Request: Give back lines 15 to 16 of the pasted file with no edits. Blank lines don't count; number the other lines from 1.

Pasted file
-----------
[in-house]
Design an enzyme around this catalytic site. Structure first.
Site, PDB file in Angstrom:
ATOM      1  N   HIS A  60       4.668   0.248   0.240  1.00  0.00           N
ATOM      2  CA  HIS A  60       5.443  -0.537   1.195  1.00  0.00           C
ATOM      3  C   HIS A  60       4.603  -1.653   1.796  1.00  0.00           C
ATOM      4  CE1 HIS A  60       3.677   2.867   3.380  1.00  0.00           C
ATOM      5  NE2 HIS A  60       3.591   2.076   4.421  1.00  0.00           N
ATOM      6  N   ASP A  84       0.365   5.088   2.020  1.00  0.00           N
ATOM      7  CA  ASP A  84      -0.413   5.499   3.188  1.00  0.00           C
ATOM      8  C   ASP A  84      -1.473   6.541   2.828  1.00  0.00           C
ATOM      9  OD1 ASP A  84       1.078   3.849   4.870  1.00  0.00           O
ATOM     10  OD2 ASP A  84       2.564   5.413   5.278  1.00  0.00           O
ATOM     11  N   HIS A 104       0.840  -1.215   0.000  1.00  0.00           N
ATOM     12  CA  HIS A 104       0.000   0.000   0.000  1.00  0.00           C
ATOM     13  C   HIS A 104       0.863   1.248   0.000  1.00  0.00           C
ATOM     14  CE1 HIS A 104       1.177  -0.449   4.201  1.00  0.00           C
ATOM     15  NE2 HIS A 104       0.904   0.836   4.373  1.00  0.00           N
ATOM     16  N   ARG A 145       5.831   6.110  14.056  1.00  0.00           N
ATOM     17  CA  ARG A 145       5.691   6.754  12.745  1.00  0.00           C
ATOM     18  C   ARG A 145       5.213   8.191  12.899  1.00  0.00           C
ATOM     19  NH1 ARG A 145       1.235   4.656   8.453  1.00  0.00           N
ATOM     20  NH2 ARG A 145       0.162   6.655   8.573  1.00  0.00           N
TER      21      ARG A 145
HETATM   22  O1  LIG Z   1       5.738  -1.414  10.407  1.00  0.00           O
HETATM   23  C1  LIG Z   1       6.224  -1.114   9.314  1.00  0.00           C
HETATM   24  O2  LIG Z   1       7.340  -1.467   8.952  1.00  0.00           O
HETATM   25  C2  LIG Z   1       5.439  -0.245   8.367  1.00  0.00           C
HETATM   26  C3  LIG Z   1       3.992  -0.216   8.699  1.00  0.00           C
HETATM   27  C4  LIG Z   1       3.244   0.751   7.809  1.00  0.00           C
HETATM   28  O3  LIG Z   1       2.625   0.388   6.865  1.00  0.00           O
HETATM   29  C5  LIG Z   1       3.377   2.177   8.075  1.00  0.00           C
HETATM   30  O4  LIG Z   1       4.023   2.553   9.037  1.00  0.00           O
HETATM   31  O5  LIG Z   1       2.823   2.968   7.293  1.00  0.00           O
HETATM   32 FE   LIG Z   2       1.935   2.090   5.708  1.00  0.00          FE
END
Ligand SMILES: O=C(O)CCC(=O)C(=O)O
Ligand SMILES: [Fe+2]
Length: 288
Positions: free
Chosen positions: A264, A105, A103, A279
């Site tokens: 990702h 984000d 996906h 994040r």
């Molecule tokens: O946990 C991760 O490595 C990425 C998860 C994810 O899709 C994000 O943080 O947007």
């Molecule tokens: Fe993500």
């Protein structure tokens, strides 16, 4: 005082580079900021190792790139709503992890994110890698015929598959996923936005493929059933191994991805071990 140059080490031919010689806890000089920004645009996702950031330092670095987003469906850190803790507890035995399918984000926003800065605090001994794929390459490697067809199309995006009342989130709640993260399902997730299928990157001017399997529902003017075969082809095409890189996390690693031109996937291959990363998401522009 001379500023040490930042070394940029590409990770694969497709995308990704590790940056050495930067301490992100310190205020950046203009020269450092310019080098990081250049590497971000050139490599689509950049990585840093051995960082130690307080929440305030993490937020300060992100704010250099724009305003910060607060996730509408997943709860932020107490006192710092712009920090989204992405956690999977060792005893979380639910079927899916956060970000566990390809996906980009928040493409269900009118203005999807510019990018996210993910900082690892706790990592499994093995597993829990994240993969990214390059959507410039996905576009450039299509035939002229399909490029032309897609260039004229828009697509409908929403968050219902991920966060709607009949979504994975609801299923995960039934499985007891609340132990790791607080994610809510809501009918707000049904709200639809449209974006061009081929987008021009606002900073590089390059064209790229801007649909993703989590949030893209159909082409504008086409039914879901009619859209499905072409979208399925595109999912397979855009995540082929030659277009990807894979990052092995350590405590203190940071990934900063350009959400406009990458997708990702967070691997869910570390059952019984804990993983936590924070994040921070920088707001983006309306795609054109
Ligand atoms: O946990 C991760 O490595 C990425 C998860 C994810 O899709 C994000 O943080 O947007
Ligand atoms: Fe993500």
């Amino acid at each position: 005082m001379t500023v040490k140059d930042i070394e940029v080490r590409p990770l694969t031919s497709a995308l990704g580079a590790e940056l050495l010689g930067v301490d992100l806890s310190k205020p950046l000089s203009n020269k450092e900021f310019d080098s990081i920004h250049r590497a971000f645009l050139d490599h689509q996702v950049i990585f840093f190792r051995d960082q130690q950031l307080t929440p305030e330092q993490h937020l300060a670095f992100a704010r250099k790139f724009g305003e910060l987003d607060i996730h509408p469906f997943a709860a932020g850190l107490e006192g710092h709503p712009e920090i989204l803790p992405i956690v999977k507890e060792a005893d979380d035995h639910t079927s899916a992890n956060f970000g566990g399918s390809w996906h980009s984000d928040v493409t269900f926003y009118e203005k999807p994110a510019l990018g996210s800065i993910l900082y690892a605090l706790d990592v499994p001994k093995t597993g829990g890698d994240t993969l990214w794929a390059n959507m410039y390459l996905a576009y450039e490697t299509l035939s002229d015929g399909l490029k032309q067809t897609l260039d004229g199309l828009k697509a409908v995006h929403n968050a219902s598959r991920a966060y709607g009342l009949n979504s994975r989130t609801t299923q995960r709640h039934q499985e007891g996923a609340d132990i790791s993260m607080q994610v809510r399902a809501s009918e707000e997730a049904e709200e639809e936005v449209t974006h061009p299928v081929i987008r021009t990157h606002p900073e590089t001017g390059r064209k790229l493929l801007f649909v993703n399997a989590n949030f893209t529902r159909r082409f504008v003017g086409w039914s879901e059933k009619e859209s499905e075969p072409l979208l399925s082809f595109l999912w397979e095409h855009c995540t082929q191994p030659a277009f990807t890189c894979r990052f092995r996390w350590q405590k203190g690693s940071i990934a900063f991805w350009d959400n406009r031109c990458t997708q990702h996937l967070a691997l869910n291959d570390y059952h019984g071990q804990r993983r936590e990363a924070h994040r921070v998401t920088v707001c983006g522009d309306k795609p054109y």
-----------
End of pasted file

ATOM     12  CA  HIS A 104       0.000   0.000   0.000  1.00  0.00           C
ATOM     13  C   HIS A 104       0.863   1.248   0.000  1.00  0.00           C